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Government outlines October Equality Act provisions

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With the Equality Act being rolled out in just a few weeks, the government has confirmed which regulations will be immediately be enforced on businesses throughout the country.

From October 1st, direct and indirect discrimination, harassment and victimisation in services and public functions, premises, work, education, associations, and transport will all be targeted by the biggest employment legislation change in a generation.

A full list of the Act’s consequences includes:

• Changing the definition of gender reassignment, by removing the requirement for medical supervision.

• Levelling up protection for people discriminated against because they are perceived to have, or are associated with someone who has, a protected characteristic, so providing new protection for people like carers.

• Clearer protection for breastfeeding mothers.

• Applying the European definition of indirect discrimination to all protected characteristics.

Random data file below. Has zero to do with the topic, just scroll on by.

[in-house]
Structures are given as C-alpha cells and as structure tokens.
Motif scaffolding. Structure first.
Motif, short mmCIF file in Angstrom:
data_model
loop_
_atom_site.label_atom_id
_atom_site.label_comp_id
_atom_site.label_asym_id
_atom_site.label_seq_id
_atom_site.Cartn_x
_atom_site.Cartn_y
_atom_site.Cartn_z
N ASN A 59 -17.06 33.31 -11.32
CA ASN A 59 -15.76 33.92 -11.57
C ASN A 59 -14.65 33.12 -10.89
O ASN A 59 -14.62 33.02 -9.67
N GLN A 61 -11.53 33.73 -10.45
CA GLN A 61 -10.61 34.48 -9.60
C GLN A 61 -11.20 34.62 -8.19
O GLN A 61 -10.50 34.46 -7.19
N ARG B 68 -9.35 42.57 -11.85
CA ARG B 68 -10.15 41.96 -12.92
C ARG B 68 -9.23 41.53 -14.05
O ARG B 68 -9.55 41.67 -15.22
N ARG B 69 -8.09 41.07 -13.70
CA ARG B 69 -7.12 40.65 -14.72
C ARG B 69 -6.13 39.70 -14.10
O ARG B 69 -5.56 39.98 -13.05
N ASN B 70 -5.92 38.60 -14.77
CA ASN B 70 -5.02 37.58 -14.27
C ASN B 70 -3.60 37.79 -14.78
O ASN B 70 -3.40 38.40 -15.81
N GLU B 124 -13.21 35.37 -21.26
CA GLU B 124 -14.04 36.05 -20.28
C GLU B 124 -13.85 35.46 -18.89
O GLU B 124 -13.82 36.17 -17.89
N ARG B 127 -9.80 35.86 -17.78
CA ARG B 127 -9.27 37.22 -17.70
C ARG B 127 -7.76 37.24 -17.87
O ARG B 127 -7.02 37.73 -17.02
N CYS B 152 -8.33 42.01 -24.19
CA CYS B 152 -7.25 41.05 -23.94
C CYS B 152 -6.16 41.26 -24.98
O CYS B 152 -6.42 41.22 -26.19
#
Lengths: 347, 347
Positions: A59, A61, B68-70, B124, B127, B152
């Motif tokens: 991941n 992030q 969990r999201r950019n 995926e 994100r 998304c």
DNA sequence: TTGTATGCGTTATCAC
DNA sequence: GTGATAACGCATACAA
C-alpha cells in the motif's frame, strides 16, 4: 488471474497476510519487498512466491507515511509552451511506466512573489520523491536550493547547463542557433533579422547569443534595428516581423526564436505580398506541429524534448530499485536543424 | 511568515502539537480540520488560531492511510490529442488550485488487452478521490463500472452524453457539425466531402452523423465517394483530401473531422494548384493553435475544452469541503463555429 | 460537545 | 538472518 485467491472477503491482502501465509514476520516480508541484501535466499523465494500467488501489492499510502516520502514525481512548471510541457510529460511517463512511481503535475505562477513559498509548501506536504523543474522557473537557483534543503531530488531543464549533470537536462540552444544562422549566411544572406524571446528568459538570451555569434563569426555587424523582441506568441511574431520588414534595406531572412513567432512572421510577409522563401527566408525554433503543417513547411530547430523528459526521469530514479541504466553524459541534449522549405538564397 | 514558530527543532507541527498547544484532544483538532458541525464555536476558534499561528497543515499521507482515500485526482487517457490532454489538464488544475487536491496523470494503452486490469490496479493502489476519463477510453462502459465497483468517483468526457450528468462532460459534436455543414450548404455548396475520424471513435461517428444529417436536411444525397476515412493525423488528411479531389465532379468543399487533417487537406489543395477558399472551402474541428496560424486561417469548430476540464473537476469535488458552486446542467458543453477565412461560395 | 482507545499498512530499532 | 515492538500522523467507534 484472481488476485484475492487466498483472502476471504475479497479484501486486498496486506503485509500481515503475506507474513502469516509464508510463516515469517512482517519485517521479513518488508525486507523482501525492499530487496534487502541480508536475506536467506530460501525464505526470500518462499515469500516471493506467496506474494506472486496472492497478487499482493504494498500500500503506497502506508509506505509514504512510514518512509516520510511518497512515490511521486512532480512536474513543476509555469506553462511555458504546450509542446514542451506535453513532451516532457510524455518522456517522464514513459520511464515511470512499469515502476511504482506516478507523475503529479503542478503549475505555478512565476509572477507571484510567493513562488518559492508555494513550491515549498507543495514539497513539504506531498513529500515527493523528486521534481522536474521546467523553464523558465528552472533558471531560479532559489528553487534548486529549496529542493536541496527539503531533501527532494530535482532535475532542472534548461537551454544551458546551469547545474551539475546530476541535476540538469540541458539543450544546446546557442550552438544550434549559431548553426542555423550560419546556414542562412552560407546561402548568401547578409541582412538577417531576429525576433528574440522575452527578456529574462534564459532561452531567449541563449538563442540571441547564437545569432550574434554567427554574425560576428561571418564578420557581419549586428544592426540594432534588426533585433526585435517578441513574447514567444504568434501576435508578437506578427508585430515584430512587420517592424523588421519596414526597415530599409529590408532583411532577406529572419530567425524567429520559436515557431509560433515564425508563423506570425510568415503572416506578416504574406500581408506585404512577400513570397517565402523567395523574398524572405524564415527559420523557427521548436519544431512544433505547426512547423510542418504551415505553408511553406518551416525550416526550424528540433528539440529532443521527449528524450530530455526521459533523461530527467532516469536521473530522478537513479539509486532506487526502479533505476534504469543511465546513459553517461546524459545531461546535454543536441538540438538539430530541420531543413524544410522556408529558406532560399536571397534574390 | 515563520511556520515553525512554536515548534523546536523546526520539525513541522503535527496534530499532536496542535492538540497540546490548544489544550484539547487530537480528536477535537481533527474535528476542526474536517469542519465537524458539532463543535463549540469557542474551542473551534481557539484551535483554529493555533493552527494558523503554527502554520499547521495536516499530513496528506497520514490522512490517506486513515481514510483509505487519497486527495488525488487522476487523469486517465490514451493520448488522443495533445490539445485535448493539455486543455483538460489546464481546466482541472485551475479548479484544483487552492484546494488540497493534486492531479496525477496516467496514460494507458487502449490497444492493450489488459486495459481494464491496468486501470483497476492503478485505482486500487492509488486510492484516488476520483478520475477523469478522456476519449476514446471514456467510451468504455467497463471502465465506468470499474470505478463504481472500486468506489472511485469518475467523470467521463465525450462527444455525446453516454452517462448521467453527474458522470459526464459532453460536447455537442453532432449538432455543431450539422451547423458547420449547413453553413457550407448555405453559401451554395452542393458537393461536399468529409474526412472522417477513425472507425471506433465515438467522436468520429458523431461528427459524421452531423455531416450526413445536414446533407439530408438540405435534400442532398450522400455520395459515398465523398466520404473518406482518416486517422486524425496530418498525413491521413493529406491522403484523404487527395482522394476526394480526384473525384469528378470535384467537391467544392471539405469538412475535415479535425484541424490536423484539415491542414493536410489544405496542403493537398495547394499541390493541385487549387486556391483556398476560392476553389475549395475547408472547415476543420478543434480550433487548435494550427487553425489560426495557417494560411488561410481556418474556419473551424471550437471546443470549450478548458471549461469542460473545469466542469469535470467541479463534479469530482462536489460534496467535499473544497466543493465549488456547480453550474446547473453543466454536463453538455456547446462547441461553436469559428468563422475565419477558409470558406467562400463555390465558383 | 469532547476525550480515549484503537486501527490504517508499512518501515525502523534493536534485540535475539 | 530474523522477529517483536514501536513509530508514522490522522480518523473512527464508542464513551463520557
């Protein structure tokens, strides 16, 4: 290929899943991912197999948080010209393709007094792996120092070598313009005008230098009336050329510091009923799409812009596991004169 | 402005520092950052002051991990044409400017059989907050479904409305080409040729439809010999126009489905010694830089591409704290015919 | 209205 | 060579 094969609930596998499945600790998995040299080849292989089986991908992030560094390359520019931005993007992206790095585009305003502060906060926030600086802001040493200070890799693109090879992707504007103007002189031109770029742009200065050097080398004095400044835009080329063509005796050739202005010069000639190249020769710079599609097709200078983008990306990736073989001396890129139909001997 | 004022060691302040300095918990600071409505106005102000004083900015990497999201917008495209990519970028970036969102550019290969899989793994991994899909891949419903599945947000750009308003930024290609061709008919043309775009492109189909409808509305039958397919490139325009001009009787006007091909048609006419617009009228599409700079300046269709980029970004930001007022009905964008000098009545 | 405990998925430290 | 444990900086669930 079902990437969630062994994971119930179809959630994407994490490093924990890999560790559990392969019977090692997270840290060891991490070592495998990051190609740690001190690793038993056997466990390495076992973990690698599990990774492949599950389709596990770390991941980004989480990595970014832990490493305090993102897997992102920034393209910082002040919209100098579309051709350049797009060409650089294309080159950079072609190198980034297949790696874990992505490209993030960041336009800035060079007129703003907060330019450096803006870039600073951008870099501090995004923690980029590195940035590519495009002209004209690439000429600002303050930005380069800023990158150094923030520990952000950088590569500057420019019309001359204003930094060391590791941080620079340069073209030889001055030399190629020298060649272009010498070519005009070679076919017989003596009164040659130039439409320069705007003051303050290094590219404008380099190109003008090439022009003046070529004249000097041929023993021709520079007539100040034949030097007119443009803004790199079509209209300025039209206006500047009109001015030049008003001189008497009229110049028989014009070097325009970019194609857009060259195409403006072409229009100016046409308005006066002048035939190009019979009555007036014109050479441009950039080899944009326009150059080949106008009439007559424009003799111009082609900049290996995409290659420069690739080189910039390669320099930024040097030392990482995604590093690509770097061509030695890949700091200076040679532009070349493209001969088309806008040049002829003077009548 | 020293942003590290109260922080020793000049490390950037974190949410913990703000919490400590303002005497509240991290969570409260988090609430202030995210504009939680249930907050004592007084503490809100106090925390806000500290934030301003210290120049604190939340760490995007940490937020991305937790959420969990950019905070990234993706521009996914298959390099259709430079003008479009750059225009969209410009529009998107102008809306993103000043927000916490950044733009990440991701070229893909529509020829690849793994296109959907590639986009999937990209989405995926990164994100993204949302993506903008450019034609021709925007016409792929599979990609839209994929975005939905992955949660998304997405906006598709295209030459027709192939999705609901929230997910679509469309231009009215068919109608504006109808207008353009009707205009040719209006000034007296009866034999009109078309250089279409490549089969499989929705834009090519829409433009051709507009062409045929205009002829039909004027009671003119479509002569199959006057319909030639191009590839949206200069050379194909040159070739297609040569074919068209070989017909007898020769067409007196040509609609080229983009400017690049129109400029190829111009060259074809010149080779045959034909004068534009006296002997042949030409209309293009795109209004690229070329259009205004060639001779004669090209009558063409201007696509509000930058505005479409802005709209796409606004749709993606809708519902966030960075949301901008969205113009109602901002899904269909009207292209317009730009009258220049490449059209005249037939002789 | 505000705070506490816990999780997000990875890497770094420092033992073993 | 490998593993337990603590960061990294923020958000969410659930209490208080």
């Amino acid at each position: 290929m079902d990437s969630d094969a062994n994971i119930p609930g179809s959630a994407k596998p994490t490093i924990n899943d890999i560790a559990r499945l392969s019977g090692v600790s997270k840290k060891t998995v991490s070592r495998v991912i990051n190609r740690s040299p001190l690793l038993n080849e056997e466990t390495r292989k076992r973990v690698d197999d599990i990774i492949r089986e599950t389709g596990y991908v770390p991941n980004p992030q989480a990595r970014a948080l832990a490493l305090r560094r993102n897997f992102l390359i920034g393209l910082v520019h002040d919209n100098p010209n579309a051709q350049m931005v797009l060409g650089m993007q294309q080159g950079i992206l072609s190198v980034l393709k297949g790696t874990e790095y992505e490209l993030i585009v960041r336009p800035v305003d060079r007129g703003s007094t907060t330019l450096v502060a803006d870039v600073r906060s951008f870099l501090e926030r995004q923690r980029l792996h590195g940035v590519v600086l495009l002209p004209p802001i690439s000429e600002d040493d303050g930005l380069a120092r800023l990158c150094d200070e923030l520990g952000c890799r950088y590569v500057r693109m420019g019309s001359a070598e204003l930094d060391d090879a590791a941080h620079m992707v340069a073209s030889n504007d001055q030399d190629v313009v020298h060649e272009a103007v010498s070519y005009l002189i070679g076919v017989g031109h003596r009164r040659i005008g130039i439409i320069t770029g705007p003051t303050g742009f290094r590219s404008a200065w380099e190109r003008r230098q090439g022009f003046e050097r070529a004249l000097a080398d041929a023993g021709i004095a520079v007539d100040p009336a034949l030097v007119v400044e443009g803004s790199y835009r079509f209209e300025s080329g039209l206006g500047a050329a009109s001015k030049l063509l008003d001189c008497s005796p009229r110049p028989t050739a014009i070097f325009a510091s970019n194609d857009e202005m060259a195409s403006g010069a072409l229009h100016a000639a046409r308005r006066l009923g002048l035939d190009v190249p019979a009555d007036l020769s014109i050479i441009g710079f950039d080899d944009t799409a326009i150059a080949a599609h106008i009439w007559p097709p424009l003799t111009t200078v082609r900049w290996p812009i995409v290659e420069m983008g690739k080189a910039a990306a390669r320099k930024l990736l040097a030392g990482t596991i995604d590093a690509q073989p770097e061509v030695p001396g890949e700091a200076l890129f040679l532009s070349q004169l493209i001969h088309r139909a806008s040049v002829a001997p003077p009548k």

• Extending protection from indirect discrimination to disability.

• Introducing a new concept of ‘discrimination arising from disability’, to replace protection under previous legislation lost as a result of a legal judgment.

• Harmonising the thresholds for the duty to make reasonable adjustments for disabled people.

• Extending protection from third party harassment to all protected characteristics.

• Making it more difficult for disabled people to be unfairly screened out when applying for jobs, by restricting the circumstances in which employers can ask job applicants questions about disability or health.

• Allowing hypothetical comparators for direct gender pay discrimination.

• Making pay secrecy clauses unenforceable.

• Introducing new powers for Employment Tribunals to make recommendations which benefit the wider workforce.

While the government mulls over further changes, including positive action in recruitment, dual discrimination, gender pay gaps and more, employers will have their hands full making sure business practices fall in line with upcoming demands.

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Written by Andrew Hodges

October 2, 2010 at 9:45 pm

Posted in Comment, LinkedIn, New Law

Tagged with , , ,

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